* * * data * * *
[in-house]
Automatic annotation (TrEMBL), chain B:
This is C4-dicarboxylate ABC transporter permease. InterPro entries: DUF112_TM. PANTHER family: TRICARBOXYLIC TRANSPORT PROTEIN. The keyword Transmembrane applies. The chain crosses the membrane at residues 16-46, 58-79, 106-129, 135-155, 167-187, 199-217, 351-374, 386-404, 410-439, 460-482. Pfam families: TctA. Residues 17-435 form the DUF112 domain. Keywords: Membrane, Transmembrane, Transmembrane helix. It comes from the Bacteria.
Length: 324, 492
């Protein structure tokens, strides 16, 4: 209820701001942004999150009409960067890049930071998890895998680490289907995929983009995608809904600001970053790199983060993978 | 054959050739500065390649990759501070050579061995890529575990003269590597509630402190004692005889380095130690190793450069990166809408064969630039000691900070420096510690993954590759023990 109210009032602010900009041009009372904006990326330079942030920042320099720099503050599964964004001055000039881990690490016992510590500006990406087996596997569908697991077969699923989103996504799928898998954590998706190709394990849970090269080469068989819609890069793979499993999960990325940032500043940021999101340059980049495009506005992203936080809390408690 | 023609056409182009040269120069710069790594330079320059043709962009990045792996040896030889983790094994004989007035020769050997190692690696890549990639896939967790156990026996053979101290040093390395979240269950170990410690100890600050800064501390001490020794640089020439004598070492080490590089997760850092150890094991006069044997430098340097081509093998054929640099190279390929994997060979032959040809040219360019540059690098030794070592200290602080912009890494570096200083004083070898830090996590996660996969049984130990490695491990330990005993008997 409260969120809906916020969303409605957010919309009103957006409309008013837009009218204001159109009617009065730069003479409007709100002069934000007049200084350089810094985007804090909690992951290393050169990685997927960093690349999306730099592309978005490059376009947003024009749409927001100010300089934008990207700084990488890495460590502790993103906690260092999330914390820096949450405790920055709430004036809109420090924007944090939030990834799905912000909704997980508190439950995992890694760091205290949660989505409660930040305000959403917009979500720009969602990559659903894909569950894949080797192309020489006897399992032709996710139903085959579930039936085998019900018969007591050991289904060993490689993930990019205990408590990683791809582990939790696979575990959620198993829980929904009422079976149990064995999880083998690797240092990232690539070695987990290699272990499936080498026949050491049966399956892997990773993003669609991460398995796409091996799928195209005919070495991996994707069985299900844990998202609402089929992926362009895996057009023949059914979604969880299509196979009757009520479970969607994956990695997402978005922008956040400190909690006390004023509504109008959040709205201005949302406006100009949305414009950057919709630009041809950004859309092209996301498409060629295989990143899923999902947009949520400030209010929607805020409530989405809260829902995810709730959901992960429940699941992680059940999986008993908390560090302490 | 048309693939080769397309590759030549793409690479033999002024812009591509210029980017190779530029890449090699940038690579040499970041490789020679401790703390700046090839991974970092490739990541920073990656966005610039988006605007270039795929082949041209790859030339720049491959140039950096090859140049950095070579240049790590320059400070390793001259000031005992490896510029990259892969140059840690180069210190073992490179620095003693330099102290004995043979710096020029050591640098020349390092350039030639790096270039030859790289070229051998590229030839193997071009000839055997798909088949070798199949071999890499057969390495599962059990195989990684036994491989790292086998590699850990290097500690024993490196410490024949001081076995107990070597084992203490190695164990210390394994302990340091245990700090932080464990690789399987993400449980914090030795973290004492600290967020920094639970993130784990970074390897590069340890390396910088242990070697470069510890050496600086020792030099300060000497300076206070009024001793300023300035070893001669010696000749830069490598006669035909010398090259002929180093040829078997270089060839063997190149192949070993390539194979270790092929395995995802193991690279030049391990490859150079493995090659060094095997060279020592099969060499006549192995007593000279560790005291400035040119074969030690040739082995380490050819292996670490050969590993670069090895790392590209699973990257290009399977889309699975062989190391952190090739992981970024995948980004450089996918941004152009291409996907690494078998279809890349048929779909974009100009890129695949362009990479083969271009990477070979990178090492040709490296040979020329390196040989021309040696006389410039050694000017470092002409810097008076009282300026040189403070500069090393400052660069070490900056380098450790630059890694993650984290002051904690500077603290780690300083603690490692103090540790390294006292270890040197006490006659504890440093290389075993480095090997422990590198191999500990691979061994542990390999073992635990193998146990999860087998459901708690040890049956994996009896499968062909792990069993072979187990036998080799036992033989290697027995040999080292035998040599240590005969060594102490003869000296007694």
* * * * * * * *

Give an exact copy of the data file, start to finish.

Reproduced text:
[in-house]
Automatic annotation (TrEMBL), chain B:
This is C4-dicarboxylate ABC transporter permease. InterPro entries: DUF112_TM. PANTHER family: TRICARBOXYLIC TRANSPORT PROTEIN. The keyword Transmembrane applies. The chain crosses the membrane at residues 16-46, 58-79, 106-129, 135-155, 167-187, 199-217, 351-374, 386-404, 410-439, 460-482. Pfam families: TctA. Residues 17-435 form the DUF112 domain. Keywords: Membrane, Transmembrane, Transmembrane helix. It comes from the Bacteria.
Length: 324, 492
């Protein structure tokens, strides 16, 4: 209820701001942004999150009409960067890049930071998890895998680490289907995929983009995608809904600001970053790199983060993978 | 054959050739500065390649990759501070050579061995890529575990003269590597509630402190004692005889380095130690190793450069990166809408064969630039000691900070420096510690993954590759023990 109210009032602010900009041009009372904006990326330079942030920042320099720099503050599964964004001055000039881990690490016992510590500006990406087996596997569908697991077969699923989103996504799928898998954590998706190709394990849970090269080469068989819609890069793979499993999960990325940032500043940021999101340059980049495009506005992203936080809390408690 | 023609056409182009040269120069710069790594330079320059043709962009990045792996040896030889983790094994004989007035020769050997190692690696890549990639896939967790156990026996053979101290040093390395979240269950170990410690100890600050800064501390001490020794640089020439004598070492080490590089997760850092150890094991006069044997430098340097081509093998054929640099190279390929994997060979032959040809040219360019540059690098030794070592200290602080912009890494570096200083004083070898830090996590996660996969049984130990490695491990330990005993008997 409260969120809906916020969303409605957010919309009103957006409309008013837009009218204001159109009617009065730069003479409007709100002069934000007049200084350089810094985007804090909690992951290393050169990685997927960093690349999306730099592309978005490059376009947003024009749409927001100010300089934008990207700084990488890495460590502790993103906690260092999330914390820096949450405790920055709430004036809109420090924007944090939030990834799905912000909704997980508190439950995992890694760091205290949660989505409660930040305000959403917009979500720009969602990559659903894909569950894949080797192309020489006897399992032709996710139903085959579930039936085998019900018969007591050991289904060993490689993930990019205990408590990683791809582990939790696979575990959620198993829980929904009422079976149990064995999880083998690797240092990232690539070695987990290699272990499936080498026949050491049966399956892997990773993003669609991460398995796409091996799928195209005919070495991996994707069985299900844990998202609402089929992926362009895996057009023949059914979604969880299509196979009757009520479970969607994956990695997402978005922008956040400190909690006390004023509504109008959040709205201005949302406006100009949305414009950057919709630009041809950004859309092209996301498409060629295989990143899923999902947009949520400030209010929607805020409530989405809260829902995810709730959901992960429940699941992680059940999986008993908390560090302490 | 048309693939080769397309590759030549793409690479033999002024812009591509210029980017190779530029890449090699940038690579040499970041490789020679401790703390700046090839991974970092490739990541920073990656966005610039988006605007270039795929082949041209790859030339720049491959140039950096090859140049950095070579240049790590320059400070390793001259000031005992490896510029990259892969140059840690180069210190073992490179620095003693330099102290004995043979710096020029050591640098020349390092350039030639790096270039030859790289070229051998590229030839193997071009000839055997798909088949070798199949071999890499057969390495599962059990195989990684036994491989790292086998590699850990290097500690024993490196410490024949001081076995107990070597084992203490190695164990210390394994302990340091245990700090932080464990690789399987993400449980914090030795973290004492600290967020920094639970993130784990970074390897590069340890390396910088242990070697470069510890050496600086020792030099300060000497300076206070009024001793300023300035070893001669010696000749830069490598006669035909010398090259002929180093040829078997270089060839063997190149192949070993390539194979270790092929395995995802193991690279030049391990490859150079493995090659060094095997060279020592099969060499006549192995007593000279560790005291400035040119074969030690040739082995380490050819292996670490050969590993670069090895790392590209699973990257290009399977889309699975062989190391952190090739992981970024995948980004450089996918941004152009291409996907690494078998279809890349048929779909974009100009890129695949362009990479083969271009990477070979990178090492040709490296040979020329390196040989021309040696006389410039050694000017470092002409810097008076009282300026040189403070500069090393400052660069070490900056380098450790630059890694993650984290002051904690500077603290780690300083603690490692103090540790390294006292270890040197006490006659504890440093290389075993480095090997422990590198191999500990691979061994542990390999073992635990193998146990999860087998459901708690040890049956994996009896499968062909792990069993072979187990036998080799036992033989290697027995040999080292035998040599240590005969060594102490003869000296007694």